c. Dissolved Organic Carbon (DOC) was determined by adding 10 gr of sieved soil to 30 mL DH20 within a 125 mL Erlenmeyer flask. The flasks were shaken on a rotary shaker for 1 hr at 22°C. The soil slurries were allowed to settle at 22°C for 1 hr and then 1.5 mL was removed and added to a 1.5 mL capped microfuge tube. The slurry was spun for 5 min. in a Beckman microfuge and 0.5 mL was removed and placed into a 0.5 mL microfuge tube and frozen for future analyses. DOC measurements were made on a Dormann Carbon Analyzer using 100 ppm standards to calibrate the instrument.

d. Ten gr. sieved soil samples were used to measure extractable ammonium and mineralizable nitrogen. The extractable ammonium was measured by adding 50 mL of 2 M KCl to the soil in a 250 mL Erlenmeyer flask and then shaken on a rotary shaker for 1 hour at which time ammonium concentrations were determined using an Orion ammonium electrode. The minerlizable nitrogen was measured by adding 10 g of soil to a large 53 mL test tube that was then filled with DH20, sealed and incubated for 7 days at 40°C. Ammonium concentrations were determined in incubate soil slurries to which an equal volume of 4 M KCl was added. All of the above measurements except the DOCs were done in duplicate.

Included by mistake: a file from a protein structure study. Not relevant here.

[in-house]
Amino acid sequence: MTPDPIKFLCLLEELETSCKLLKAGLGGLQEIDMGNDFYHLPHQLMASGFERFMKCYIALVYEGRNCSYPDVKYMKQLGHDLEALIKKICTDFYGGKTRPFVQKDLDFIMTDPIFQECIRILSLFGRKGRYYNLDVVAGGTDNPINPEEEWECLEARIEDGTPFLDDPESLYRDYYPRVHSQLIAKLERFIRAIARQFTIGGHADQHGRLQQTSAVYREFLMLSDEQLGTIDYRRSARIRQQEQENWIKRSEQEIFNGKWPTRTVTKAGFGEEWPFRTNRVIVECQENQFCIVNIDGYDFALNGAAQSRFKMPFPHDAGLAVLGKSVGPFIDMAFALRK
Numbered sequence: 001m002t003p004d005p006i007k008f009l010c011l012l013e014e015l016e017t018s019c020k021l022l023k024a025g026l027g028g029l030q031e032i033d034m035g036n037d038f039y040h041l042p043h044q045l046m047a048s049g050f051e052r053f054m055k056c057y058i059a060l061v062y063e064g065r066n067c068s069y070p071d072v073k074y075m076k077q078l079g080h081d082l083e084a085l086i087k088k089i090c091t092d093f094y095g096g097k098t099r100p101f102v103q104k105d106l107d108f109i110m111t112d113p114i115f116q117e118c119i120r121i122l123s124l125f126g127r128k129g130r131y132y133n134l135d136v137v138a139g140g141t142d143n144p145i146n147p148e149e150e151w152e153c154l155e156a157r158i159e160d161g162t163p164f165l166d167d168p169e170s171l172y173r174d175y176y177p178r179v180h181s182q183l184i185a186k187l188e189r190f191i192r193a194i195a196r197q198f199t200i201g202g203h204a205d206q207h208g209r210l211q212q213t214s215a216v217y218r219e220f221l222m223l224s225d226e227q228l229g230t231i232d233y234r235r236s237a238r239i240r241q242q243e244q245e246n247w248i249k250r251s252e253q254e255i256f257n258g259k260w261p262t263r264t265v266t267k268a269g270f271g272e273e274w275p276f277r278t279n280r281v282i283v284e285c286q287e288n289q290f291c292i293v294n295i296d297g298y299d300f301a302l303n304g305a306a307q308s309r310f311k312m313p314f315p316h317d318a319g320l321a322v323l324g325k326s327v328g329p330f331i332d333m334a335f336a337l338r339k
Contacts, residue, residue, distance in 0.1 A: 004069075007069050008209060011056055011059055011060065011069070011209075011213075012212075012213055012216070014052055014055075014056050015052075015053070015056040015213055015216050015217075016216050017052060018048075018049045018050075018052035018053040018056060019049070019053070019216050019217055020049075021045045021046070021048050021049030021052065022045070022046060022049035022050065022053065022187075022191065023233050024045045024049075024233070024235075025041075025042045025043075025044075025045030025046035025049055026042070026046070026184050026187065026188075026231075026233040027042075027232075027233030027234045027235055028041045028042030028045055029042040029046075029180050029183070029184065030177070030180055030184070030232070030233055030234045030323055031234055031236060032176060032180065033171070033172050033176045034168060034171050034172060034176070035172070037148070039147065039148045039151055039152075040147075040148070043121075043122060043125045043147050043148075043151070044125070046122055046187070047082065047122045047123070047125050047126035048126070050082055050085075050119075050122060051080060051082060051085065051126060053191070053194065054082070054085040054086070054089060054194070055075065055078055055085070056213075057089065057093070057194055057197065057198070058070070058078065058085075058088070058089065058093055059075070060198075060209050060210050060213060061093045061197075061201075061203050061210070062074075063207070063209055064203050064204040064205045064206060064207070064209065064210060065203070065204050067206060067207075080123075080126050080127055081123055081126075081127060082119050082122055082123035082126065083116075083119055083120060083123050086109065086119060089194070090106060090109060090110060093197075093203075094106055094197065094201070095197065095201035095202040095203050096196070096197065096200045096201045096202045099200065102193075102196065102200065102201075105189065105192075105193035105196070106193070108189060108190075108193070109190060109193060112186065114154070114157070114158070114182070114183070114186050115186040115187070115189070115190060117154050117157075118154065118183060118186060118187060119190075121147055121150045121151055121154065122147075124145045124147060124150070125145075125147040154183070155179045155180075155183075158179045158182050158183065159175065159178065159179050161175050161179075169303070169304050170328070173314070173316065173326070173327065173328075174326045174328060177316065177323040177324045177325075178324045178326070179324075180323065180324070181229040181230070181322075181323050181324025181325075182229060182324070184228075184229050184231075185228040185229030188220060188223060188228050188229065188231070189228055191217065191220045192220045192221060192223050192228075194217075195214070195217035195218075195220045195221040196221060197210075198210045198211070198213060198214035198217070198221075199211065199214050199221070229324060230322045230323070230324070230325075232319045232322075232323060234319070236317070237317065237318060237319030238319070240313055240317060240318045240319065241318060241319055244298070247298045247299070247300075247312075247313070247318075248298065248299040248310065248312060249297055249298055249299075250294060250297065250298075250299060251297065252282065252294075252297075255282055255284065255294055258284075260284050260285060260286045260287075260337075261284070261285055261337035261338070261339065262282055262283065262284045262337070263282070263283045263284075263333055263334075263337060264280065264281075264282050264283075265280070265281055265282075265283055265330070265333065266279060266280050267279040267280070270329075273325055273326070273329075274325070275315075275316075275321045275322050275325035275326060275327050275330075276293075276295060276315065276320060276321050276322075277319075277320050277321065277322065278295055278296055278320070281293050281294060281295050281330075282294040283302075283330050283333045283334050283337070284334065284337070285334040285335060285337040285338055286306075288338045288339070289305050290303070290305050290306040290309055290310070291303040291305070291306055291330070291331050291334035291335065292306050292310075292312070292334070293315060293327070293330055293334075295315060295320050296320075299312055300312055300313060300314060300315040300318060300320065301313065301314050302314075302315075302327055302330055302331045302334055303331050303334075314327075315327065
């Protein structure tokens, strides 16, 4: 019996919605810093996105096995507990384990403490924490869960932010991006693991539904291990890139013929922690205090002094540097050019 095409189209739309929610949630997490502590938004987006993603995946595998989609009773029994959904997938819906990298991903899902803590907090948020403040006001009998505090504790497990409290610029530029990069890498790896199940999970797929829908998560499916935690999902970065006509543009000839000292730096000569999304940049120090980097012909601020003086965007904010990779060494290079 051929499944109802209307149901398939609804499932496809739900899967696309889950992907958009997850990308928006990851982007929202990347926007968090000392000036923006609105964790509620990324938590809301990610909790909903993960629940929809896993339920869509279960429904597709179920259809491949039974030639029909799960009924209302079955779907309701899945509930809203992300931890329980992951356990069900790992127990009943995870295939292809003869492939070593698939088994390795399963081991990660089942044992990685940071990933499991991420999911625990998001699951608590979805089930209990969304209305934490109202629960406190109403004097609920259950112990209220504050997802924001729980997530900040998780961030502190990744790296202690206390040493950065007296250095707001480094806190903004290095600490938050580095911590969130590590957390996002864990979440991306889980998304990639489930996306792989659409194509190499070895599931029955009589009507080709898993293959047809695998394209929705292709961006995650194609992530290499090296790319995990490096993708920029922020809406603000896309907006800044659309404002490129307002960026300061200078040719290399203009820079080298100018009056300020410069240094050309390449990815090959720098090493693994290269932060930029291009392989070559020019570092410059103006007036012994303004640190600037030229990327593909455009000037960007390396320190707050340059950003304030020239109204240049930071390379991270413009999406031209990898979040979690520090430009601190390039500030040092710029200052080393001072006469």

e. Ten gr samples were dried for 8 hr at 80°C to determine dry wts. One of these was heated in a furnace to 280°C for at least 4 hr and reweighed to determine level of labile carbon present. They were then heated again to 550°C for a least 4 hr to determine SOM. The other dried sample was used to determine pHs by adding 10X wt./vol. water.

Andrews Experimental Forest
Ground condition
T:\GIS\oregon\willamette\hja27\gfluxpts: locations of sites obtained with gps Pathfinder unit and compass/tape